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By: xger, Xger
May 05 2016 11:00am
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It's been an interesting few weeks in the Magic world. We had one of the more diverse Pro Tours in a long while and the new standard rotation is finally hitting its stride, producing a more dynamic standard! Of course, with that came the announcement that Modern would no longer be a Pro Tour format which might alter the landscape. It does remain a PTQ format, so hopefully Modern stays vibrant, both in play and in finances. Let's see what's happened! If you want to jump past the introduction, click here. To jump to the fiscal analysis, click here. 

Introduction to the Article Series:

To jump to the set background, click here. To jump to the fiscal analysis, click here.

Over the course of this year, Wizards will run flashback drafts that are from the Modern sets. One week for each format. The flashbacks will stop when there is a prerelease or release going on. More info here.

Here is the upcoming schedule:

Format Dates
Triple Time Spiral 5/4-5/11
Time Spiral, Time Spiral, Planar Chaos 5/11-5/18
Time Spiral, Planar Chaos, Future Sight 5/18-5/25
Tenth Edition 5/25-6/1
Triple Lorwyn* 6/1-6/8*
Lorwyn, Lorwyn, Morningtide* 6/8-6/15*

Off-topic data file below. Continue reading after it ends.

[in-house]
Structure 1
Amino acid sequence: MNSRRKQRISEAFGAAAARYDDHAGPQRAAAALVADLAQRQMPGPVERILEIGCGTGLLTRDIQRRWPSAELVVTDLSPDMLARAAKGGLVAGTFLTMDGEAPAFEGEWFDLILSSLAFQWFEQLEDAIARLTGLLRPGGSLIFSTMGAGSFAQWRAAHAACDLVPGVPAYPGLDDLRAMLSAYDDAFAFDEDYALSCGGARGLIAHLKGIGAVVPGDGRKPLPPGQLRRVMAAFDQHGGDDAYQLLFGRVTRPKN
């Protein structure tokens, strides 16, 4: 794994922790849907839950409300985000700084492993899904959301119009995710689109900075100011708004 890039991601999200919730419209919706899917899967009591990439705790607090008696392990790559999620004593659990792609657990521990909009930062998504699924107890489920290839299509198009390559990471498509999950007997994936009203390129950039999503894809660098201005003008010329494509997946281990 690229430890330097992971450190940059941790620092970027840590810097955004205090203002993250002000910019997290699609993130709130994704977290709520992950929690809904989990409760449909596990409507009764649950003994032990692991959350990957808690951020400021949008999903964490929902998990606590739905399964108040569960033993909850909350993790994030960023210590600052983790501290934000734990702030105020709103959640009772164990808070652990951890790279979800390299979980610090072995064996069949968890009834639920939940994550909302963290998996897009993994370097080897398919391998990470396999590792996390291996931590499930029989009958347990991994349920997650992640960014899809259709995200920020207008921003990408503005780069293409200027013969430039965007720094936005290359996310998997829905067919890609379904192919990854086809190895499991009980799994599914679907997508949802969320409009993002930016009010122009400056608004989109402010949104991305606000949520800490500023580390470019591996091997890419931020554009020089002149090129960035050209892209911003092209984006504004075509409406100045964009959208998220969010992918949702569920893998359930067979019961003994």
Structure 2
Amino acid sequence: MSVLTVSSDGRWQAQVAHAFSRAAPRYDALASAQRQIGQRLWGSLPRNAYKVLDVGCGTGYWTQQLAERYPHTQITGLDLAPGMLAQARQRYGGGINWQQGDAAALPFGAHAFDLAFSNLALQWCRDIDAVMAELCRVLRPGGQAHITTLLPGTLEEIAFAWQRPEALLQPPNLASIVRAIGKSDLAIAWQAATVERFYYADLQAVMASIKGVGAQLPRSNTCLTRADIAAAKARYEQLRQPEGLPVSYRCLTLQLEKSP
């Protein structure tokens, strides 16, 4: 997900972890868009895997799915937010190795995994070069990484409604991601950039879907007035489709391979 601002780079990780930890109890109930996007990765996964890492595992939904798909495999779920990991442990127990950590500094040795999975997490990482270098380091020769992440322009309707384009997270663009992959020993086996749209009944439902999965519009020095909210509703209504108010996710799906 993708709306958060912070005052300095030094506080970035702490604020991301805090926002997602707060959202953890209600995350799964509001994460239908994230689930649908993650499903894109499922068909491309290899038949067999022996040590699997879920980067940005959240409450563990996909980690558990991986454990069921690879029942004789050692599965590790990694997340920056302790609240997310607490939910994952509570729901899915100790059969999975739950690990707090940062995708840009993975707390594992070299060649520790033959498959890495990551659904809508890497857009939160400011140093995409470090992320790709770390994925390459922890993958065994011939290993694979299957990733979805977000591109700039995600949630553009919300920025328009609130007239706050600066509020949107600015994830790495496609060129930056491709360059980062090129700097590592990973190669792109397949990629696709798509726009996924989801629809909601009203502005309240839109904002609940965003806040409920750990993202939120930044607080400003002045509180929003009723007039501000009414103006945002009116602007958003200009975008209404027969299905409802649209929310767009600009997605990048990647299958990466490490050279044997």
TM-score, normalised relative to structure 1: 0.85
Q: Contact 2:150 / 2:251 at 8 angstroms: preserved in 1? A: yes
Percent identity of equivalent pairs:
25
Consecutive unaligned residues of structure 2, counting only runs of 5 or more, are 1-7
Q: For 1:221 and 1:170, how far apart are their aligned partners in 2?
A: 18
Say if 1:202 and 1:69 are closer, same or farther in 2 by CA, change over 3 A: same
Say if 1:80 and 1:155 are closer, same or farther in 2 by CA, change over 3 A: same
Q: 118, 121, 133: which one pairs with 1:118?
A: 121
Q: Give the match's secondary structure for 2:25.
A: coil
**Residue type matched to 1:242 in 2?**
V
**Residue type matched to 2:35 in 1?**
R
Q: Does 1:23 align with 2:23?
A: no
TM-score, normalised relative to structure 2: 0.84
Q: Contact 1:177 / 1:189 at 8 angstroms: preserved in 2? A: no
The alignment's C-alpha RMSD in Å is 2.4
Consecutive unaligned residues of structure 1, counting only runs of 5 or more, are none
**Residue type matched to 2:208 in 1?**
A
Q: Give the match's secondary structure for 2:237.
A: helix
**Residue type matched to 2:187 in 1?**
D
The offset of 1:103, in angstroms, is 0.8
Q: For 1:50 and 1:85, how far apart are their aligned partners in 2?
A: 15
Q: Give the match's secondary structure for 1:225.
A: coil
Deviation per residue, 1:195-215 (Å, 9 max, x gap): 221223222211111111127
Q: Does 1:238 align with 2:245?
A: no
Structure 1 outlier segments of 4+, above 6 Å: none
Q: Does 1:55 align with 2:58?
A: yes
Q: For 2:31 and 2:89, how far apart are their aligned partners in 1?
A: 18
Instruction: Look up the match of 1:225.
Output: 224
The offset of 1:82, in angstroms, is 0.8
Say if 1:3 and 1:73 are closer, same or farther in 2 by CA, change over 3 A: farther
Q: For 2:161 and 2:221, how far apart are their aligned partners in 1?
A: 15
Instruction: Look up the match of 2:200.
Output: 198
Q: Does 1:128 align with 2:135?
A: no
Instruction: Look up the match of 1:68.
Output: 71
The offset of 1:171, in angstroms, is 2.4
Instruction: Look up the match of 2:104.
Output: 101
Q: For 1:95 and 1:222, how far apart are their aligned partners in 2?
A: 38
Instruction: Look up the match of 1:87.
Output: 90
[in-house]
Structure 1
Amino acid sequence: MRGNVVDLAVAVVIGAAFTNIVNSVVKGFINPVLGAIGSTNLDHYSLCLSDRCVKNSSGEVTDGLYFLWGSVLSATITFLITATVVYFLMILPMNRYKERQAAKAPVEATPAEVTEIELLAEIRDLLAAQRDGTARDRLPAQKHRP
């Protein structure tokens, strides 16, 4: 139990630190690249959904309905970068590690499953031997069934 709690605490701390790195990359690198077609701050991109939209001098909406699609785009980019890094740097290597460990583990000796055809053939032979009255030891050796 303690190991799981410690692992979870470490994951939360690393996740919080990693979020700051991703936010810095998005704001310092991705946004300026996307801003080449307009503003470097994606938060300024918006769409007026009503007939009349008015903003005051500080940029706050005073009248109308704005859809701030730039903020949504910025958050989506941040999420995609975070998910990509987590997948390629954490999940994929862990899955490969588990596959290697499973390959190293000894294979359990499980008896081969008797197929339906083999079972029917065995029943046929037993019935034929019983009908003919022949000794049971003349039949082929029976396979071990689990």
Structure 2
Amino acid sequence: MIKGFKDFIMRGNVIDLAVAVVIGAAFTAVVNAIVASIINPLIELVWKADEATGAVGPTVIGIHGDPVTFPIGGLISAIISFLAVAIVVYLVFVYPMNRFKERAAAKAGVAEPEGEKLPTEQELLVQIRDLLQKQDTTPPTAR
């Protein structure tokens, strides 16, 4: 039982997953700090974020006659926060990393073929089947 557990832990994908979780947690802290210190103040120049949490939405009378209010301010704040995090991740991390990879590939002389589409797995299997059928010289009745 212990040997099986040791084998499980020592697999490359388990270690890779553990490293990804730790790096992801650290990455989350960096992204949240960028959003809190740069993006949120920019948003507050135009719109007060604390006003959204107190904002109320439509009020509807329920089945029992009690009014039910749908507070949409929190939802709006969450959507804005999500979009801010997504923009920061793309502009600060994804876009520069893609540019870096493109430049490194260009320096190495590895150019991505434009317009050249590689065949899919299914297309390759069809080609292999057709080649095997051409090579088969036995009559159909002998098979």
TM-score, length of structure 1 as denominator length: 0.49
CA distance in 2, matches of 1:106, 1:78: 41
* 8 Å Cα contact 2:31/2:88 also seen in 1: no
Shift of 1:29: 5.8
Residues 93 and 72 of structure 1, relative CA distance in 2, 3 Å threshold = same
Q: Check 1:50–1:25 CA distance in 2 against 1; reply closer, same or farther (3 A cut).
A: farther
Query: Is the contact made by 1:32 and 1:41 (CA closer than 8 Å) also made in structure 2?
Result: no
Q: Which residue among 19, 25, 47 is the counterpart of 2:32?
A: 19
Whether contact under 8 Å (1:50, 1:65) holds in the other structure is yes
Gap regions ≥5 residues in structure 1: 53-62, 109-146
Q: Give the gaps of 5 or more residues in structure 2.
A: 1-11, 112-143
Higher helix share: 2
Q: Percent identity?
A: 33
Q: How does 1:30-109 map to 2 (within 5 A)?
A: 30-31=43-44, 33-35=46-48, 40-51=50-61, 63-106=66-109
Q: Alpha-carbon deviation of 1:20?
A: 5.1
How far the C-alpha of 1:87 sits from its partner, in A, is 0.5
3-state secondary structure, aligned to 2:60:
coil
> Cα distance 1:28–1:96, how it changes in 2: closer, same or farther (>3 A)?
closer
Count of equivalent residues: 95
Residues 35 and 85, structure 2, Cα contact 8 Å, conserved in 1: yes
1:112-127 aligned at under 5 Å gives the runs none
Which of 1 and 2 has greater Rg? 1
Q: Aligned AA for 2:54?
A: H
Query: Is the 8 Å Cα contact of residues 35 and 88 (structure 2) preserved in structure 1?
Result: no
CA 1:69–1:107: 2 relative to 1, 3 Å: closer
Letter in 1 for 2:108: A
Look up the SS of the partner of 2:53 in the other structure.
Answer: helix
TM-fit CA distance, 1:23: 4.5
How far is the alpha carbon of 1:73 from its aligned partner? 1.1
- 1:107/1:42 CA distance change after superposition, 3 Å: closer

*These dates are my extrapolations. As of 5/3/16, I was unable to find confirmation that these are correct. The LLM draft is very possibly wrong, as Eternal Masters releases on MTGO on June 17, which might indicate pre-releases earlier that might preempt the flashback.

First, I will do a fiscal analysis. While a lot of players will play just for the fun of it, knowing what cards are worth something is a good plan. Since none of these formats are competitively valued anymore, there really is no reason to pass on a $30 card. Even if it is terrible and useless in limited. Further, knowing what common and uncommons are worth the effort to sell could be useful.

However, just a rote listing of pricing is only so helpful. A lot of the cards, particularly core sets and the older sets, just don't have the supply to adequately meet demand. That means some of the cards might tank quickly when there is a sudden surge of supply. Some of these sets have probably never had flashbacks, or it has been many years. That means the market reaction might be extreme or subtle. It is also unknown how many cards will enter the system—if the drafts are popular, the effect is greater.